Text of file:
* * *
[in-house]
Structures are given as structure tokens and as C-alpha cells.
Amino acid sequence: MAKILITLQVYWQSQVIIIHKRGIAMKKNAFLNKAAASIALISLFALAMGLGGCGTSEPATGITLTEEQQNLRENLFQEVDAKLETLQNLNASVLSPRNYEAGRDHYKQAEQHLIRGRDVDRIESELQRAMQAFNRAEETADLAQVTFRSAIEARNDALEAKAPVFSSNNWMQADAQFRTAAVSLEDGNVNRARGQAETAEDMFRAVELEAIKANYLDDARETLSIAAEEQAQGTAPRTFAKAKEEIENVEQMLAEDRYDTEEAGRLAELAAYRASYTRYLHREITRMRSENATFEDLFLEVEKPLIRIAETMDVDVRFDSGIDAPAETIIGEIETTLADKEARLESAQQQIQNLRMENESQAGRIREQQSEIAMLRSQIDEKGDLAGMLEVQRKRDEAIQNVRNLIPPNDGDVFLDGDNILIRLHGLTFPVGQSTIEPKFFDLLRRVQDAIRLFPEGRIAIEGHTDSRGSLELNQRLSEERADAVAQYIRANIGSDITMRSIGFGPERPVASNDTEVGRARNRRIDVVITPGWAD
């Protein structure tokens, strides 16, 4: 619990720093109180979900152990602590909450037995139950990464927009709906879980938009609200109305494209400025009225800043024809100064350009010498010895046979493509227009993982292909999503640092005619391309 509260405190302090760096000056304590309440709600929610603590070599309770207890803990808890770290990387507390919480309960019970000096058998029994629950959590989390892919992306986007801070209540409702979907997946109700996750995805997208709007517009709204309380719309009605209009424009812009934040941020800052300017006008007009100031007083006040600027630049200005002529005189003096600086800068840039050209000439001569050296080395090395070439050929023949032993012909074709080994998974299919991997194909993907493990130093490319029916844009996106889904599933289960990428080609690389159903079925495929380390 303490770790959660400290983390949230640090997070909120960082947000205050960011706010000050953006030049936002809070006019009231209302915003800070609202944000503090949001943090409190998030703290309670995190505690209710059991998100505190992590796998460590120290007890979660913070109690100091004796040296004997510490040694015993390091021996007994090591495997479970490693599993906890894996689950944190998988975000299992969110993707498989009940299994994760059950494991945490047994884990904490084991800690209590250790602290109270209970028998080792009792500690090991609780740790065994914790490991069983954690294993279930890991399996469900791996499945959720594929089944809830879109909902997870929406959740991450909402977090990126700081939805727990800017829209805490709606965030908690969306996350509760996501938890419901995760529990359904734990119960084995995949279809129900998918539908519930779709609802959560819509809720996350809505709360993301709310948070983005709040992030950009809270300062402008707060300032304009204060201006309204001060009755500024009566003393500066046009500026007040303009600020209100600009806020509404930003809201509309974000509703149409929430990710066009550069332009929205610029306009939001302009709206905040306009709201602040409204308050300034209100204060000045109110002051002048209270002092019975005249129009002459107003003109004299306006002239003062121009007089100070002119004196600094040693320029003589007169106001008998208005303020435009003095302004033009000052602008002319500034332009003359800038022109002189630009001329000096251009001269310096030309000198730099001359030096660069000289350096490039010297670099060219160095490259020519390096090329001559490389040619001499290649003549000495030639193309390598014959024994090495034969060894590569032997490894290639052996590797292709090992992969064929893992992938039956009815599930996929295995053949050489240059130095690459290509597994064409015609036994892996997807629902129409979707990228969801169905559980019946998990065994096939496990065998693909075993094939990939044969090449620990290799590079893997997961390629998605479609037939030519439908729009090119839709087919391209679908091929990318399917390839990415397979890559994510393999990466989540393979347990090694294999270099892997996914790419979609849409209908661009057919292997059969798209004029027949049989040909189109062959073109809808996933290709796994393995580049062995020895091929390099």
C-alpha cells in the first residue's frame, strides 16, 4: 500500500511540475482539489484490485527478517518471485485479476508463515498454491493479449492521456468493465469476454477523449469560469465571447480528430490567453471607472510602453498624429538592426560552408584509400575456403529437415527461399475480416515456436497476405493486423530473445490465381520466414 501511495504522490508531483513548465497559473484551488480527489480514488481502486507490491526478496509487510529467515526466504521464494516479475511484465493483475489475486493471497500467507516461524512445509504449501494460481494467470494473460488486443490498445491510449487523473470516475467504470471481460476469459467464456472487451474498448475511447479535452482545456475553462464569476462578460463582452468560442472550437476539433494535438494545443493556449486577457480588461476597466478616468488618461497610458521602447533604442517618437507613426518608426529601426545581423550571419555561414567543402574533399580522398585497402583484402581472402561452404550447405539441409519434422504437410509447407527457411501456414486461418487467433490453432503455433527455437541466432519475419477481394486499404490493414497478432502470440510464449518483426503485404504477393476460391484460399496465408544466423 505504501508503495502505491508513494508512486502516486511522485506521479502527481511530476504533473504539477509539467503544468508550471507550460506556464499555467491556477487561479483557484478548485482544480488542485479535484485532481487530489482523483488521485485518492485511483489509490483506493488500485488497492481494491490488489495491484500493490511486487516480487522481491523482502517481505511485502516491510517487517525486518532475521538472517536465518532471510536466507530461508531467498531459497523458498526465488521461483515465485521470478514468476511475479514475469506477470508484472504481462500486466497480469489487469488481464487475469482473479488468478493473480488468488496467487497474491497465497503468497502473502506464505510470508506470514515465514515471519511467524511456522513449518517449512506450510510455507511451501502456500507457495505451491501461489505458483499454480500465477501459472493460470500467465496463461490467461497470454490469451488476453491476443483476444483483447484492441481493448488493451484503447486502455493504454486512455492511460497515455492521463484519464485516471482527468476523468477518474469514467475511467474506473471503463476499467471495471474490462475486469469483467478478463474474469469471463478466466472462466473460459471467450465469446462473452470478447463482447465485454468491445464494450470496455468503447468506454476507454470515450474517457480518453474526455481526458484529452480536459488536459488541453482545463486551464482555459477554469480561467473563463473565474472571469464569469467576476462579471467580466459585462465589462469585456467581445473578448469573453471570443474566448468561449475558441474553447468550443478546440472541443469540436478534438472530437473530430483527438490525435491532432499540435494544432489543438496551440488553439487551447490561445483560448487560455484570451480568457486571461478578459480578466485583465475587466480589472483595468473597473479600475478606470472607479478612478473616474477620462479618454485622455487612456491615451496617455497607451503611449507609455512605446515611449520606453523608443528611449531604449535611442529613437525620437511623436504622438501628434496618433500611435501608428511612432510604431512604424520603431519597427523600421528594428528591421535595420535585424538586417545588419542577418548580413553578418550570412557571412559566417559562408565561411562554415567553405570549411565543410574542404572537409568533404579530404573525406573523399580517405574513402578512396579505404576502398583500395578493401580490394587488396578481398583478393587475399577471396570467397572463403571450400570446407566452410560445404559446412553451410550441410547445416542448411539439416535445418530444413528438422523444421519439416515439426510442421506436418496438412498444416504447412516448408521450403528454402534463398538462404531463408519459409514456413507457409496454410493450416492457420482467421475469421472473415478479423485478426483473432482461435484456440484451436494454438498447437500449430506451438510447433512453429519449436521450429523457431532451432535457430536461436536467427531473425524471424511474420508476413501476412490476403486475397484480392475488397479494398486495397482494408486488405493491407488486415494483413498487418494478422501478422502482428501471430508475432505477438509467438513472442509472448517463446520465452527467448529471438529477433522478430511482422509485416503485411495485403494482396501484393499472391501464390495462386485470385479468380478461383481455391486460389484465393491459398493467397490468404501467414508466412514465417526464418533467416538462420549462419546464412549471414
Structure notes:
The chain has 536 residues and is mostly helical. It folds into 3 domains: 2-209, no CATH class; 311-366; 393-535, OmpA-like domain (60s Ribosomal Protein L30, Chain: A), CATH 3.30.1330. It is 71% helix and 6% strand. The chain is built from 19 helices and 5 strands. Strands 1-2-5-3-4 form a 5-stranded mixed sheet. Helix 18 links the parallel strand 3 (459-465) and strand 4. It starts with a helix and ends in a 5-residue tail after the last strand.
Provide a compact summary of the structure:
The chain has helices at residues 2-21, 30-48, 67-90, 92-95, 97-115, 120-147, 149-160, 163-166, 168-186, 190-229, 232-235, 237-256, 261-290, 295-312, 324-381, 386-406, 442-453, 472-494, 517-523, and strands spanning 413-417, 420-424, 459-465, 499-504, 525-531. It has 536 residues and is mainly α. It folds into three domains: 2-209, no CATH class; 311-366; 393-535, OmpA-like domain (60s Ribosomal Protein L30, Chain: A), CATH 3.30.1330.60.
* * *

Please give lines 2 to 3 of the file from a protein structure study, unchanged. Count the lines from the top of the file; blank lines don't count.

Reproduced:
Structures are given as structure tokens and as C-alpha cells.
Amino acid sequence: MAKILITLQVYWQSQVIIIHKRGIAMKKNAFLNKAAASIALISLFALAMGLGGCGTSEPATGITLTEEQQNLRENLFQEVDAKLETLQNLNASVLSPRNYEAGRDHYKQAEQHLIRGRDVDRIESELQRAMQAFNRAEETADLAQVTFRSAIEARNDALEAKAPVFSSNNWMQADAQFRTAAVSLEDGNVNRARGQAETAEDMFRAVELEAIKANYLDDARETLSIAAEEQAQGTAPRTFAKAKEEIENVEQMLAEDRYDTEEAGRLAELAAYRASYTRYLHREITRMRSENATFEDLFLEVEKPLIRIAETMDVDVRFDSGIDAPAETIIGEIETTLADKEARLESAQQQIQNLRMENESQAGRIREQQSEIAMLRSQIDEKGDLAGMLEVQRKRDEAIQNVRNLIPPNDGDVFLDGDNILIRLHGLTFPVGQSTIEPKFFDLLRRVQDAIRLFPEGRIAIEGHTDSRGSLELNQRLSEERADAVAQYIRANIGSDITMRSIGFGPERPVASNDTEVGRARNRRIDVVITPGWAD